- Where will the next generation of teachers come from?
- Who will commit to a de-professionalized career in education?
- How will the current educational "reform" affect public education in America?
With the zealots’ mix of certainty and fervor, ed reformers have made this a wretched time to be a public school teacher. Indeed, fewer and fewer people are interested in trying. In the last seven years, the number of Californians seeking to become teachers dropped 45 percent (California Watch, December 14, 2010). In 2011, due to declining interest, Yale ended both its undergraduate teacher preparation and certification program and its Urban Teaching Initiative, a tuition-free M.A. program for students committed to teaching in New Haven’s public schools. Teachers all over the country—in affluent districts as well as high-poverty schools—are dispirited. In New York City, 50 percent of all new hires leave after five years in the classroom.Rewriting the Attack on Teachers by Lawrence O'Donnell, a political analyst on MSNBC.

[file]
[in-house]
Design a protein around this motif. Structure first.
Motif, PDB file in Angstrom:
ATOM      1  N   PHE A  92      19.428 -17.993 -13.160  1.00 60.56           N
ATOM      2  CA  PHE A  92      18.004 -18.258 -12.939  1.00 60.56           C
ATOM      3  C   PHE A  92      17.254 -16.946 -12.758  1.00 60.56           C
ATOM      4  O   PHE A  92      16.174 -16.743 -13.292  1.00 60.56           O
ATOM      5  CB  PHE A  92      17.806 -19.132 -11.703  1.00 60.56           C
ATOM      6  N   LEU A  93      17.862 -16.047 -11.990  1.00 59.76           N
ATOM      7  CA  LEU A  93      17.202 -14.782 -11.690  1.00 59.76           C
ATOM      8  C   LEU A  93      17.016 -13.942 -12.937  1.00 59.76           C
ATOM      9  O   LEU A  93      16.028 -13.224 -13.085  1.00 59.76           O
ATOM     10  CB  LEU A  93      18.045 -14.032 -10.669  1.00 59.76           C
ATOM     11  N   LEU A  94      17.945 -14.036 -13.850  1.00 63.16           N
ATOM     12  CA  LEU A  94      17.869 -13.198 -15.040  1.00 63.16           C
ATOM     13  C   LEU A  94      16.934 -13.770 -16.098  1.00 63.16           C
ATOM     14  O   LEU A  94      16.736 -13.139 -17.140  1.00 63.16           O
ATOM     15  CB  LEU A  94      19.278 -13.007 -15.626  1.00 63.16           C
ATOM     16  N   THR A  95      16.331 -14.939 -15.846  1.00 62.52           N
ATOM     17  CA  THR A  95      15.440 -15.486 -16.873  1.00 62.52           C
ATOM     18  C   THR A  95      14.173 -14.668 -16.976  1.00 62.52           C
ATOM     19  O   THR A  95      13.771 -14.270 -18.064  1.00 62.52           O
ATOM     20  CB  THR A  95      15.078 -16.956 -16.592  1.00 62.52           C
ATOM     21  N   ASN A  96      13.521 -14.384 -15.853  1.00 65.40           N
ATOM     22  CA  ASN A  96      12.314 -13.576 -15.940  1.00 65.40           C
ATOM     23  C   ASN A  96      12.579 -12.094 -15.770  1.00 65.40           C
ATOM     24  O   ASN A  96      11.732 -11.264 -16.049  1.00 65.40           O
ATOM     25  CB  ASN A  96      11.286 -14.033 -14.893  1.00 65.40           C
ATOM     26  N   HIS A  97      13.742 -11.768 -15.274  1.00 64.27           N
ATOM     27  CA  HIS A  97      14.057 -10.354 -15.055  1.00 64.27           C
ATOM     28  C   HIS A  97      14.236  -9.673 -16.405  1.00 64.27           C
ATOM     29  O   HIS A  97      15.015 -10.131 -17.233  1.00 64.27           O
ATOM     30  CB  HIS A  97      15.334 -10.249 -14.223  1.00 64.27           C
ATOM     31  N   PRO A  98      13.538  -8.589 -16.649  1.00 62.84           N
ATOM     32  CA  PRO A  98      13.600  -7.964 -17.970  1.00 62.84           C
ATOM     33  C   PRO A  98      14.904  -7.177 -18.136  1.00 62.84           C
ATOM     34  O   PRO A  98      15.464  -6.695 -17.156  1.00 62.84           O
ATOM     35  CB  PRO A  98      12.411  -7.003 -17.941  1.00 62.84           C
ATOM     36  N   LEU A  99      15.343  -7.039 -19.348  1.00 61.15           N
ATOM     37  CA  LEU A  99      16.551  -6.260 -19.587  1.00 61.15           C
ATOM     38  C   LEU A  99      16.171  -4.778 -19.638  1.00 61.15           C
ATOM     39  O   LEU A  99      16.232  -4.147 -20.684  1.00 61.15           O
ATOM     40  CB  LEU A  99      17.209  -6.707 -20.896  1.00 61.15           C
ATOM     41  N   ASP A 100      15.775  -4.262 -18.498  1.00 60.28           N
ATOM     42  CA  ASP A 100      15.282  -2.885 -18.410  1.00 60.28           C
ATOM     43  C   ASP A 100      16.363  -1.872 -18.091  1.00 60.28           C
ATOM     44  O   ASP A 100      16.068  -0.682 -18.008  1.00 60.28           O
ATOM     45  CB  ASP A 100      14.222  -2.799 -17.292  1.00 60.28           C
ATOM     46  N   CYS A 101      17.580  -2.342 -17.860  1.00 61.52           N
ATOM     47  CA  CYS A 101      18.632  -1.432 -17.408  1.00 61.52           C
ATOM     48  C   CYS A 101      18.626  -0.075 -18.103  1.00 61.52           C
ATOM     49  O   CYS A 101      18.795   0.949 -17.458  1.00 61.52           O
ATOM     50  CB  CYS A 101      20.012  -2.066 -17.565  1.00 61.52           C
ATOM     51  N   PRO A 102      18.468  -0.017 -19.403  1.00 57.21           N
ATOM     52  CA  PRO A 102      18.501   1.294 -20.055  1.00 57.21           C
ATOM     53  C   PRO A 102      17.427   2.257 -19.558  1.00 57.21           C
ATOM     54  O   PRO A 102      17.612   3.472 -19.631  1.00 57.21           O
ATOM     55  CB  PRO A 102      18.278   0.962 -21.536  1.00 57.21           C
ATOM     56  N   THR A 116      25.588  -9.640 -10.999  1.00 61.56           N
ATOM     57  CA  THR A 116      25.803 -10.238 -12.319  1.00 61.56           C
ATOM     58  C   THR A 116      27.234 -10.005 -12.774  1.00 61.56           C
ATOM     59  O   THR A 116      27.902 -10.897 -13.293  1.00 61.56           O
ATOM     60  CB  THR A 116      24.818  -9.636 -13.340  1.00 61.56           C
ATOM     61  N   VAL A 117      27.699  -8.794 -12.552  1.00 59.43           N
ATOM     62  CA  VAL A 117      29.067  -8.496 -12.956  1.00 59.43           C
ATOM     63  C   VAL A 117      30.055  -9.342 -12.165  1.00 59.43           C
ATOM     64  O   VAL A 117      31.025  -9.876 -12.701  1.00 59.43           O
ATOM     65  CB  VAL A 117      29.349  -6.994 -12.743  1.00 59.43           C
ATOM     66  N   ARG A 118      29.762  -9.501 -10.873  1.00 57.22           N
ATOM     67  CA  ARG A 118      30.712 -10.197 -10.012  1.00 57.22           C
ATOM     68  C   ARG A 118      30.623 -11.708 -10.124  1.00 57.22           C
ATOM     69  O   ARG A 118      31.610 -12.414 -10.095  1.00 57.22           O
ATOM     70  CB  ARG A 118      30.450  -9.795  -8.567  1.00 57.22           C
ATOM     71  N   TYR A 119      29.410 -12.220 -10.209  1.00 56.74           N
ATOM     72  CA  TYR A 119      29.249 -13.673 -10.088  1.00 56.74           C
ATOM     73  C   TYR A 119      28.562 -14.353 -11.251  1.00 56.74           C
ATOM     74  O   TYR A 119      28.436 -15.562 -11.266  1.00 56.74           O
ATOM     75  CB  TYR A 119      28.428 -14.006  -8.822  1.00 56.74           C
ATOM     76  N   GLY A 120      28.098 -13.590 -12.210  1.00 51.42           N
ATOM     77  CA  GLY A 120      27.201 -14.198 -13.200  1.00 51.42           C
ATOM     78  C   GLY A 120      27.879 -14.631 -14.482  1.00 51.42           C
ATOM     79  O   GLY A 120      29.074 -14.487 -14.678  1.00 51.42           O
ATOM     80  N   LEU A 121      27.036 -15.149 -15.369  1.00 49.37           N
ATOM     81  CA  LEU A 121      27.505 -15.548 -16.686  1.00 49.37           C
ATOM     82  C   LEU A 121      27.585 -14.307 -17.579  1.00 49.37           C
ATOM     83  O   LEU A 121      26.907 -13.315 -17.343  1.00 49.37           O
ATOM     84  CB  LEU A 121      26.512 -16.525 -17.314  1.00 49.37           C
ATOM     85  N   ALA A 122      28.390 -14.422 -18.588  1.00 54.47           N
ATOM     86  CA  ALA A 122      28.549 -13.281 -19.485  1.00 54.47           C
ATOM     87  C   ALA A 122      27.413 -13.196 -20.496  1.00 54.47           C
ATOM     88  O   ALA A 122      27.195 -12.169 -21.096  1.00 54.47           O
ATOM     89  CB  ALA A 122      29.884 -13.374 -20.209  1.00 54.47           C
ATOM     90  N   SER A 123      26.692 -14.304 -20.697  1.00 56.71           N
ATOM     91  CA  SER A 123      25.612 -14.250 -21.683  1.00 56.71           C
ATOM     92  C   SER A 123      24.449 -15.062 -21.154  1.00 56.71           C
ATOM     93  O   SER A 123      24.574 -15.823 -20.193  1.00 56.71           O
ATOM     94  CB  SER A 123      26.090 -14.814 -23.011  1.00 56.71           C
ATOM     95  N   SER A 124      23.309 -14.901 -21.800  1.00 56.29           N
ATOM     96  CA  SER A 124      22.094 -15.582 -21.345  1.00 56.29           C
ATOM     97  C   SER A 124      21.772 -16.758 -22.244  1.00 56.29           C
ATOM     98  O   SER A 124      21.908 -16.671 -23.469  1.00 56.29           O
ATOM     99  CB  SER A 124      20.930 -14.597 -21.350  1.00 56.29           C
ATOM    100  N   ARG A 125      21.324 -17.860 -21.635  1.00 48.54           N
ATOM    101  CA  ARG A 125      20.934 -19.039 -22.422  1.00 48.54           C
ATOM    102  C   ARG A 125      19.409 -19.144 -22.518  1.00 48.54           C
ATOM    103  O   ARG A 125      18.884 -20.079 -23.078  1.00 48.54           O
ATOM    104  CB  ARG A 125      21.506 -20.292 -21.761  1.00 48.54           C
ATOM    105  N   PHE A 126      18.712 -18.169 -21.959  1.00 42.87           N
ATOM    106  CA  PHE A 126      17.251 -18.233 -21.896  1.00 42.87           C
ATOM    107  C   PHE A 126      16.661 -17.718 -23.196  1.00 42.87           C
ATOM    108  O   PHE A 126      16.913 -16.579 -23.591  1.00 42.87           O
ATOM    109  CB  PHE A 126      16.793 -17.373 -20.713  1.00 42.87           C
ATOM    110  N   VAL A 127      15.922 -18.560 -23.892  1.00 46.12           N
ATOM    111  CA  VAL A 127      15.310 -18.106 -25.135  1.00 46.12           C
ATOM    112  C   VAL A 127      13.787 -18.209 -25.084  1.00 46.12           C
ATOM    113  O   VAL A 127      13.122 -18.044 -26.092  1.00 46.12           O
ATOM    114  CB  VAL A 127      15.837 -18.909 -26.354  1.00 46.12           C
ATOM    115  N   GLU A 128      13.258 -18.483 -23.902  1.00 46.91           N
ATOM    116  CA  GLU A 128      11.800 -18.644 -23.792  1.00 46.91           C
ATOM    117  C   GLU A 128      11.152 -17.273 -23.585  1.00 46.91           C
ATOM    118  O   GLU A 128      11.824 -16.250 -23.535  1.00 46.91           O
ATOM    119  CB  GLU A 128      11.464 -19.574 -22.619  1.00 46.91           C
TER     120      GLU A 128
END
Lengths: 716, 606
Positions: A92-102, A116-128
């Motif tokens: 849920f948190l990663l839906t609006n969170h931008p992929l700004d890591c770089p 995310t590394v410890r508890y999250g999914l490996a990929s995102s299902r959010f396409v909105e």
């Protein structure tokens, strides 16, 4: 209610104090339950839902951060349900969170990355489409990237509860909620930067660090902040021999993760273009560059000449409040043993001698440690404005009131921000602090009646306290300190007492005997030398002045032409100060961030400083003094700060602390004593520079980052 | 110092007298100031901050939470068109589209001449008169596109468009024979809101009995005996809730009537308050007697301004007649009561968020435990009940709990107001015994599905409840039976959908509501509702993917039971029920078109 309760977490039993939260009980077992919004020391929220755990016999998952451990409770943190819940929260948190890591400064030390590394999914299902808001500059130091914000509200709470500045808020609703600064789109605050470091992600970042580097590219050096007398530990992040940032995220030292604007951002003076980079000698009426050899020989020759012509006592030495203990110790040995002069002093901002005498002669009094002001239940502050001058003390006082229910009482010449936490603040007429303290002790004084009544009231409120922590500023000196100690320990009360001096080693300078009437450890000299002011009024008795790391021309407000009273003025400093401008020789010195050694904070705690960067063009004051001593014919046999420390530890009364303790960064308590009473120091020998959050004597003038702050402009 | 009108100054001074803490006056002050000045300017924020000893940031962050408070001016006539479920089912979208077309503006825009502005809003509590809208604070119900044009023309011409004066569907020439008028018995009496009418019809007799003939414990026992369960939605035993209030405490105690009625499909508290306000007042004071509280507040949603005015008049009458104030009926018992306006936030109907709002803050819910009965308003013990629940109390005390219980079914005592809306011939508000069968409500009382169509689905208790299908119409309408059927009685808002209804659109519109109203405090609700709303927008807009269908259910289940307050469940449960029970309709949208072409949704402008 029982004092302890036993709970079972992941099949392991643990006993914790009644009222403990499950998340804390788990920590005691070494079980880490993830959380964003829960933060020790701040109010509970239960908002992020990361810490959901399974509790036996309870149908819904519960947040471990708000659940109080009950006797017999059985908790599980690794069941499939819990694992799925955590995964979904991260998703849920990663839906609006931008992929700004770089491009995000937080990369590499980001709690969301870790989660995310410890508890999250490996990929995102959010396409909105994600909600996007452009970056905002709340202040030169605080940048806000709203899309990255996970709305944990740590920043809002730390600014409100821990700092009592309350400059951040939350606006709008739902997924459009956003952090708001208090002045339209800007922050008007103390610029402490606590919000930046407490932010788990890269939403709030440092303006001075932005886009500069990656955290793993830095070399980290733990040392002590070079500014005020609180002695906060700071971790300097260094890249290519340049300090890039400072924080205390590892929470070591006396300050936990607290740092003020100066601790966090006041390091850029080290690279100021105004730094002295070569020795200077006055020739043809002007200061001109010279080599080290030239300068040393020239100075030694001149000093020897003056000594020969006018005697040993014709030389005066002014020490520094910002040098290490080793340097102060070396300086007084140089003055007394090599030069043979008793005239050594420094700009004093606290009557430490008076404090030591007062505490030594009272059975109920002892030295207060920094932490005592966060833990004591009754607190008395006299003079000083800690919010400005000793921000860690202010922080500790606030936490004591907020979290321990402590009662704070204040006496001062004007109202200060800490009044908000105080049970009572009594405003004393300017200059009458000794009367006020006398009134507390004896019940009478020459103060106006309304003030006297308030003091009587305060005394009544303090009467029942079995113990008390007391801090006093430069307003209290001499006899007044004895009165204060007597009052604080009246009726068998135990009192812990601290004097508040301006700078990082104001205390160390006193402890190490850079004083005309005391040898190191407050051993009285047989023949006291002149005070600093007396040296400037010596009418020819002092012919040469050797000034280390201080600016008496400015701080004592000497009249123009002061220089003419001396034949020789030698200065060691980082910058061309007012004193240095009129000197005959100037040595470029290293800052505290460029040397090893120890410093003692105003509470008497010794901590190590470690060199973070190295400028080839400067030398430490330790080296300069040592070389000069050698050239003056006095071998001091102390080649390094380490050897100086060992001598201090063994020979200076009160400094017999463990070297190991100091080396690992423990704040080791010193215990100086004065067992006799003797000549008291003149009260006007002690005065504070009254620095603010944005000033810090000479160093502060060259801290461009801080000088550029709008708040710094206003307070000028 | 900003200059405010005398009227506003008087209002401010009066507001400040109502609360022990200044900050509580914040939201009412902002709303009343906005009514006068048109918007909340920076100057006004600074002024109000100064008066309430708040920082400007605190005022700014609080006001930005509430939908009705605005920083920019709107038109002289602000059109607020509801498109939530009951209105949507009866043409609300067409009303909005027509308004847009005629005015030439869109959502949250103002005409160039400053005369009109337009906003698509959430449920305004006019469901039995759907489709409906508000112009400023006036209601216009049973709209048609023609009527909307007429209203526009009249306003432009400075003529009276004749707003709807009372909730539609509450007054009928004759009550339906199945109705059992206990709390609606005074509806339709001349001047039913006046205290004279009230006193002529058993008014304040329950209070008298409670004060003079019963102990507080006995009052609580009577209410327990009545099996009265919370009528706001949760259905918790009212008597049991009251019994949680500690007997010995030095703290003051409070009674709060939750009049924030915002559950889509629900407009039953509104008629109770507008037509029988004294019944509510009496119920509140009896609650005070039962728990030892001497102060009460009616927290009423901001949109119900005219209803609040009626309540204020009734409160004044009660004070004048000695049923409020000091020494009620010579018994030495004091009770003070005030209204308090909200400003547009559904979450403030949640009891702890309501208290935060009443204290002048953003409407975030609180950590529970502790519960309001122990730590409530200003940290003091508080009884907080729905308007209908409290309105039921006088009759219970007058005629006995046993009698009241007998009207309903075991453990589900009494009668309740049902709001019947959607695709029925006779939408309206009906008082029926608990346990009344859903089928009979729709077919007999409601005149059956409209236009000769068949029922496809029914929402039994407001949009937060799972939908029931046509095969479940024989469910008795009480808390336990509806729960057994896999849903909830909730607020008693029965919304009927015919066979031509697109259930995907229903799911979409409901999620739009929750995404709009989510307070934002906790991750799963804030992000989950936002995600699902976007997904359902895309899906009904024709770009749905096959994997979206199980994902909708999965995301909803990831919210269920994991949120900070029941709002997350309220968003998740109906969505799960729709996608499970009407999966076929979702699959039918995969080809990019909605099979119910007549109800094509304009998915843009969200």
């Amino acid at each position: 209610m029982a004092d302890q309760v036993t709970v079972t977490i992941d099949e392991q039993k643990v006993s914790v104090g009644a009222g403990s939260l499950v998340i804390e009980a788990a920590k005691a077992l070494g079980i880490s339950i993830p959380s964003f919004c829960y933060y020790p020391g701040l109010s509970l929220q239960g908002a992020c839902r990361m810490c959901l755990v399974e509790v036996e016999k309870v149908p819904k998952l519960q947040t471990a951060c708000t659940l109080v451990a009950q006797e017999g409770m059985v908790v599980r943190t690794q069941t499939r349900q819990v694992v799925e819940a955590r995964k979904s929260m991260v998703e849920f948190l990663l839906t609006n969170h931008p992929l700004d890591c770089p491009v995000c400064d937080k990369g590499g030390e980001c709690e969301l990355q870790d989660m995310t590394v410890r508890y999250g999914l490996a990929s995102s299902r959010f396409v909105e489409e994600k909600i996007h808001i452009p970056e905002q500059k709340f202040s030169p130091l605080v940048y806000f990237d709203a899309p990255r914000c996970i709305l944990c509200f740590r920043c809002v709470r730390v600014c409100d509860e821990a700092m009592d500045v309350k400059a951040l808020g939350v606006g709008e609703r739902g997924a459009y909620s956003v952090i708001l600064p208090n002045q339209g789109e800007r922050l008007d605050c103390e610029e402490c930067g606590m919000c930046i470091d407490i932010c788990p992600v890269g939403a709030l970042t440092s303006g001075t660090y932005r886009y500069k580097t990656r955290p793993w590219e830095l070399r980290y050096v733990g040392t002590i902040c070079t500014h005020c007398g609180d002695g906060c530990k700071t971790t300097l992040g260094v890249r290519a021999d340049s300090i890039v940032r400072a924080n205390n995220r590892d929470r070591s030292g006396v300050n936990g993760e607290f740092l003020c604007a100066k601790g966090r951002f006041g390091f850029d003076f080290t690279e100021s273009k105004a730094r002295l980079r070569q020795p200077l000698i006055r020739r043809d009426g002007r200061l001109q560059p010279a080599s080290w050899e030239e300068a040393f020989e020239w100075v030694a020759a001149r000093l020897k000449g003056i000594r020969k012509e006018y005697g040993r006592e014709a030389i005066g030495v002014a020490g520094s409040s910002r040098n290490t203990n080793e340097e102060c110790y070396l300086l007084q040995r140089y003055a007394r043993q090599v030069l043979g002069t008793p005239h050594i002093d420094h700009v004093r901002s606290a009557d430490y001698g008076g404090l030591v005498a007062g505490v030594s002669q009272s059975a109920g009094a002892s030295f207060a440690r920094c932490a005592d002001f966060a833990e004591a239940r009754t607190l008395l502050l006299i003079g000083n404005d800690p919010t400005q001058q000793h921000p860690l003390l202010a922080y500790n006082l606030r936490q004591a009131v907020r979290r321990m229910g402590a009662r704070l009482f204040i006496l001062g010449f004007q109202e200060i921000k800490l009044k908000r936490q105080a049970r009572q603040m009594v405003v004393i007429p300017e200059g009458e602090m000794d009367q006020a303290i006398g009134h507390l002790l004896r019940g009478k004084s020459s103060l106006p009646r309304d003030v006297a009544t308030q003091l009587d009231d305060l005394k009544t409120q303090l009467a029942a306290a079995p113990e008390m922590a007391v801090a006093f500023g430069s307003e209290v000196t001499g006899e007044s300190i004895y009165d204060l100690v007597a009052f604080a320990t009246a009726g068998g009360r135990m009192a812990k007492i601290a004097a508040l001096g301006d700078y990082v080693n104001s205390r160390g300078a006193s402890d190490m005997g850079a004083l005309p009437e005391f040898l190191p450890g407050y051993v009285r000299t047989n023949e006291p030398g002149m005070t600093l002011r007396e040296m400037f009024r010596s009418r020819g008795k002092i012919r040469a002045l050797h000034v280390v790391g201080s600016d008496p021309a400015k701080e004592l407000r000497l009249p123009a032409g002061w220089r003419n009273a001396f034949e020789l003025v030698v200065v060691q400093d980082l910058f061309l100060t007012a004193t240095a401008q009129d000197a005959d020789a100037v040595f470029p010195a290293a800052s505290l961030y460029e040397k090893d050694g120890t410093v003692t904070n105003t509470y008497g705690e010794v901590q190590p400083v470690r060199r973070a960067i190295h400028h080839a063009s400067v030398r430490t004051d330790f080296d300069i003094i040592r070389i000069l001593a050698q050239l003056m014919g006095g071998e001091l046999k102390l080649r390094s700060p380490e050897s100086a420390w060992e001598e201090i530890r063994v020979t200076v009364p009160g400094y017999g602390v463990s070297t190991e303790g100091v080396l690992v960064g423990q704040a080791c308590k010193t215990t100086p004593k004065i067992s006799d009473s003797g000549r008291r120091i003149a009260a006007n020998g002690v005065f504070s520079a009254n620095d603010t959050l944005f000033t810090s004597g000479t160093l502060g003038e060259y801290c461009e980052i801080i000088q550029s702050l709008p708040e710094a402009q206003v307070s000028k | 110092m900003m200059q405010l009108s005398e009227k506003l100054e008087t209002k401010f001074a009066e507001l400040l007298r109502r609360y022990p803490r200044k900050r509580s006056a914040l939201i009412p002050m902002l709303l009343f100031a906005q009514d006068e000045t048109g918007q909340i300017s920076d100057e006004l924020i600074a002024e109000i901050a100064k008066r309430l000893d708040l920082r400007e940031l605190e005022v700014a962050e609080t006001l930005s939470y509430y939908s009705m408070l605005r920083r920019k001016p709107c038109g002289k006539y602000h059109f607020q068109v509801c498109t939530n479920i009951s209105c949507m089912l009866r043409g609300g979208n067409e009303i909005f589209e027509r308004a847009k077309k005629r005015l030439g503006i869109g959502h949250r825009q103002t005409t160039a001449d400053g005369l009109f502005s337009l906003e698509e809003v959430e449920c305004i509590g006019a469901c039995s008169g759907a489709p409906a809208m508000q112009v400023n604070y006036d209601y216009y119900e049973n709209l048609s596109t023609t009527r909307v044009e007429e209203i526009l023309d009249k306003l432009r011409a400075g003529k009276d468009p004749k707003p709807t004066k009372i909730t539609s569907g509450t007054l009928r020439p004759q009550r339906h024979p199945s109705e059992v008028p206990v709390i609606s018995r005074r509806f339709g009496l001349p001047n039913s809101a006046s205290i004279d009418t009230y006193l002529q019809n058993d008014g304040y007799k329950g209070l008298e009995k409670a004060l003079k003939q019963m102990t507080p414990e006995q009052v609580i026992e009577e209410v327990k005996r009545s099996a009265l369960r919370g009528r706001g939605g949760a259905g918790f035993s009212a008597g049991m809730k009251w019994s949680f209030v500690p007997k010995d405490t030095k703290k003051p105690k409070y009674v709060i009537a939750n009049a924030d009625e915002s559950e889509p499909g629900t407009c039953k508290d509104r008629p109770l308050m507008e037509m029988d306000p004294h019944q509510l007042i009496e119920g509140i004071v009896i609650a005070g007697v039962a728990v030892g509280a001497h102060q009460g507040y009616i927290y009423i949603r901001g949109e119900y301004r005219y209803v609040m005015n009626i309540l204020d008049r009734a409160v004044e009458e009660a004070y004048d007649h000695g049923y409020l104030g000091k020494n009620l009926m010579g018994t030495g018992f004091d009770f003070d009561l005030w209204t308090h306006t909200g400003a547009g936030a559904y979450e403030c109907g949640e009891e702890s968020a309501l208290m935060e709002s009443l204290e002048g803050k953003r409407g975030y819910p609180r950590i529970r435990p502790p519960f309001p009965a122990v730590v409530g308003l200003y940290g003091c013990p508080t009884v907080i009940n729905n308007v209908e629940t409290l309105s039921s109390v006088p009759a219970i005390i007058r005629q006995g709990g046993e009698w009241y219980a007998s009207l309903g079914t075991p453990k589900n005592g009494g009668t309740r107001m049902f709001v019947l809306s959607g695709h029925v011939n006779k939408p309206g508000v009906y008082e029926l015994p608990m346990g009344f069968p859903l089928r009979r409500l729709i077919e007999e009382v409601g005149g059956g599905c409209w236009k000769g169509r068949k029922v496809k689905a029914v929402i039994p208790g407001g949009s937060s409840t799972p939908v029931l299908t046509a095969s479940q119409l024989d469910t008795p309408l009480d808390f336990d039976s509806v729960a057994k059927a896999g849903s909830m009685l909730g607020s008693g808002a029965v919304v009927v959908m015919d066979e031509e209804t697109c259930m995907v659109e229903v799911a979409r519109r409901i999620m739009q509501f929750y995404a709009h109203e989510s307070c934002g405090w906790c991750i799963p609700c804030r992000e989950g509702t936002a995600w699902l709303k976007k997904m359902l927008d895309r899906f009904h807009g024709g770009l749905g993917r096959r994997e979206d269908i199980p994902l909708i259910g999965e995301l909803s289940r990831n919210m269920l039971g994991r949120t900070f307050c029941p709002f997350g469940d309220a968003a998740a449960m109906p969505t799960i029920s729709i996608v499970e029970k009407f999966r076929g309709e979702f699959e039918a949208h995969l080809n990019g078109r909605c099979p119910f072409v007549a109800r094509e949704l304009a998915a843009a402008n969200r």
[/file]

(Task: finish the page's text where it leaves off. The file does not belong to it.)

I spent a few years after college as a Boston Public School teacher, and I loved it but I was never committed to it -- committed to it as a career. I moved on to easier, better paying jobs like this one...Teachers who have committed their lives to the classroom deserve better than our politics has given them...What Is Wrong With This Picture?
All across the country, education is under attack on numerous fronts. No matter where you look, educators are to blame for the economic woes in many states. This is extremely puzzling to me, as it is well known that this downturn in our economy was a result of misguided, unregulated, or greedy practices of the private sector. Educators then became the scapegoats as a message of "shared sacrifice" swept the country.